“Measures used to control a risk need to be effective in order to prevent an incident from occurring,” Burgess said. “Scaffolding planks available at the worksite could have been better used to manage the risk of falls by covering the skylight openings and creating a stable work platform.”
The injured worker slipped and fell at the first skylight opening and required an ambulance to transport him to hospital. Instead of stopping work and preserving the incident scene until an NT WorkSafe inspector arrived, the two remaining workers continued to put themselves at risk, working over an additional six skylight openings without adequate fall prevention measures in place.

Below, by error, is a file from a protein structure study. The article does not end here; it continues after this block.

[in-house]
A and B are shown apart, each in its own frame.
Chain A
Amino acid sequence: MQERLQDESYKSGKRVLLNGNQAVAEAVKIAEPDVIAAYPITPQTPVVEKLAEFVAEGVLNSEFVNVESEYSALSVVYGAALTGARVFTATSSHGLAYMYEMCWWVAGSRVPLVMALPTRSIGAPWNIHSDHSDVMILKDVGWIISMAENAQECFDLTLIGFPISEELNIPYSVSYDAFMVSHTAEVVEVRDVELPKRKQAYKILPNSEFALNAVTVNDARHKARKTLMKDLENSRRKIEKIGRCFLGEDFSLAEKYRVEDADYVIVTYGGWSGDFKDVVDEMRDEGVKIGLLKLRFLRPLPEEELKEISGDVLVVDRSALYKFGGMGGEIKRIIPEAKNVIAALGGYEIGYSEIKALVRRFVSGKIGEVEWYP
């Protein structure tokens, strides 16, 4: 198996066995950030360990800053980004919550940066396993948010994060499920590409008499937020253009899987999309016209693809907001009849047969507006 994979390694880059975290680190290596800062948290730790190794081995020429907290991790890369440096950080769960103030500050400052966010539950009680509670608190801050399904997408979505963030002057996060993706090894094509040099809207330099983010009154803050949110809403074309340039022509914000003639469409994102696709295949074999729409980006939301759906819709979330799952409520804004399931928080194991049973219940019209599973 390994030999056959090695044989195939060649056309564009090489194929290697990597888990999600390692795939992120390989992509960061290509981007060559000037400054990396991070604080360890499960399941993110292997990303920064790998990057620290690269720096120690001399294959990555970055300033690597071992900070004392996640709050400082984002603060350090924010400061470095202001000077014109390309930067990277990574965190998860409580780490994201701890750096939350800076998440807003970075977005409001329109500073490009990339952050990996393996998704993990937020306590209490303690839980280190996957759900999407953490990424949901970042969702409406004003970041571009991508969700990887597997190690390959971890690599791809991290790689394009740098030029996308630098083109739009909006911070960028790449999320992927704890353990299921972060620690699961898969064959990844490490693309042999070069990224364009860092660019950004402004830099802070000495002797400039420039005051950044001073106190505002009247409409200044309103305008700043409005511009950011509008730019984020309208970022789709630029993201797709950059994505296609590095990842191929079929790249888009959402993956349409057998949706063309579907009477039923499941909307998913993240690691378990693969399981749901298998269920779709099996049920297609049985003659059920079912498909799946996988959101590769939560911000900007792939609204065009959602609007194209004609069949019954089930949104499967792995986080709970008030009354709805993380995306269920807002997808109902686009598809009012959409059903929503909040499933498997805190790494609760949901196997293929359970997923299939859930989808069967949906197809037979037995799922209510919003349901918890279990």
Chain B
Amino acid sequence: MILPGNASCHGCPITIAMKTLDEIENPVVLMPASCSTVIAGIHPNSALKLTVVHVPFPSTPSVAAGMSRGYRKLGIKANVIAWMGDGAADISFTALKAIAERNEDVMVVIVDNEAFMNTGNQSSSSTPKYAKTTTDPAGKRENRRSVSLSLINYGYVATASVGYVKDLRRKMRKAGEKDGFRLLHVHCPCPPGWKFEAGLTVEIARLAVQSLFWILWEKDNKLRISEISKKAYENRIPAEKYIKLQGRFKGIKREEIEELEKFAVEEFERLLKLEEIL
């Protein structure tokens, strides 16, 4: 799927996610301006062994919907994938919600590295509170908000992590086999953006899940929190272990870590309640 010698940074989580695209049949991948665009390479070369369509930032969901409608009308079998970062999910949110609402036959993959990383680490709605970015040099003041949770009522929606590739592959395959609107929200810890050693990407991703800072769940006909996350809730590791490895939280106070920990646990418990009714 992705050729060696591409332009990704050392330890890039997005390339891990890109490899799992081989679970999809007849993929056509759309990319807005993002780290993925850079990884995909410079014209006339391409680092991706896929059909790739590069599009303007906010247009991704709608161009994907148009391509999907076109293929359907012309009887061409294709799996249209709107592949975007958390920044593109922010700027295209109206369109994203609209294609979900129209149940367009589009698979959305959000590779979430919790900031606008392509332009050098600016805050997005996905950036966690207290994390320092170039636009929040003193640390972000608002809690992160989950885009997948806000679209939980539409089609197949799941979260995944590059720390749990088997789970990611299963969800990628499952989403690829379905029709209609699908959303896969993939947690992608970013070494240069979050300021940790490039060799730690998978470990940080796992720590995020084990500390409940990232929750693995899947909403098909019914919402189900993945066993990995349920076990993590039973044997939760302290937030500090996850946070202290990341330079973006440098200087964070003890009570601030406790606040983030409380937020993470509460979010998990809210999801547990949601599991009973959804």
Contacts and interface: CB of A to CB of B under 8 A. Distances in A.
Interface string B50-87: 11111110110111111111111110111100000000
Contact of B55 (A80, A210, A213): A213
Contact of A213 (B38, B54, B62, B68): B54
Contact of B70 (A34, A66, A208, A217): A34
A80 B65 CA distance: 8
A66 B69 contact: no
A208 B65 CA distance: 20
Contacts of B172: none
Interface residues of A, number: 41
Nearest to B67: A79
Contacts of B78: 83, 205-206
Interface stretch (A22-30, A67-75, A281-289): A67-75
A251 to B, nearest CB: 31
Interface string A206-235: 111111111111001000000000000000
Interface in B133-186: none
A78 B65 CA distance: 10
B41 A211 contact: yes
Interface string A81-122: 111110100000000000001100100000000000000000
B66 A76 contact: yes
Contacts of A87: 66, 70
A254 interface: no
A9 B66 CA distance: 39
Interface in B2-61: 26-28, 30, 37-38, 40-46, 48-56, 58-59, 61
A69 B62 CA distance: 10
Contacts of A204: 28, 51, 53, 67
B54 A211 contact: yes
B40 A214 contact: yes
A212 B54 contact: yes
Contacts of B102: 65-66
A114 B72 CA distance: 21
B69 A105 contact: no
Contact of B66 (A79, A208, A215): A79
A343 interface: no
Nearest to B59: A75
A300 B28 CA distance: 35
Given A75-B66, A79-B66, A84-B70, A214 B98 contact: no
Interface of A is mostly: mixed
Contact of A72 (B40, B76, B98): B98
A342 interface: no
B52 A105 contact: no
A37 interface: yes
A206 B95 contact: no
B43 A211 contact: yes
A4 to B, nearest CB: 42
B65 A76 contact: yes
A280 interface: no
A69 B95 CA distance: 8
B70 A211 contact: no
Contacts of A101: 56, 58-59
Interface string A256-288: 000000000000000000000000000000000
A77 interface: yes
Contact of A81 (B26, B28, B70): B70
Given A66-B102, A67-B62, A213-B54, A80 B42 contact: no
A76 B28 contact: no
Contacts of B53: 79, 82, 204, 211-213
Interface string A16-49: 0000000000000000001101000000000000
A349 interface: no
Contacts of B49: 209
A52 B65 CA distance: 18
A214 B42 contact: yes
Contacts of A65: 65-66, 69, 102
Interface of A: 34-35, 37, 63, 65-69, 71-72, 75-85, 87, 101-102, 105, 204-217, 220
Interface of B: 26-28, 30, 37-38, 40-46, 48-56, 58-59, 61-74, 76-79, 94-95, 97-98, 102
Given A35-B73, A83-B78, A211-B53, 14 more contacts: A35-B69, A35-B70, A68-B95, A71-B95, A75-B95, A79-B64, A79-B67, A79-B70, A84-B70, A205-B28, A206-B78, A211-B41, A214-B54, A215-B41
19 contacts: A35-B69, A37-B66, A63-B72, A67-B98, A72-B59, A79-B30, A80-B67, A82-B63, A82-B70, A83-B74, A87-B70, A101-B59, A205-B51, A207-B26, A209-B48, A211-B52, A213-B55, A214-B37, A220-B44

“Employers and workers have responsibilities regarding workplace health and safety under the Territory’s laws,” Burgess said. “Because these responsibilities were not taken seriously, a worker required surgery and was unable to work for over a year because of his injuries.”
During sentencing, Chief Judge Dr John Lowndes said if one defendant failed to observe a policy or guideline but the other picked it up, the matter would not be before the courts today. Dr Lowndes went on to say the responsibility needed to be shared and found each company was equally culpable for what occurred.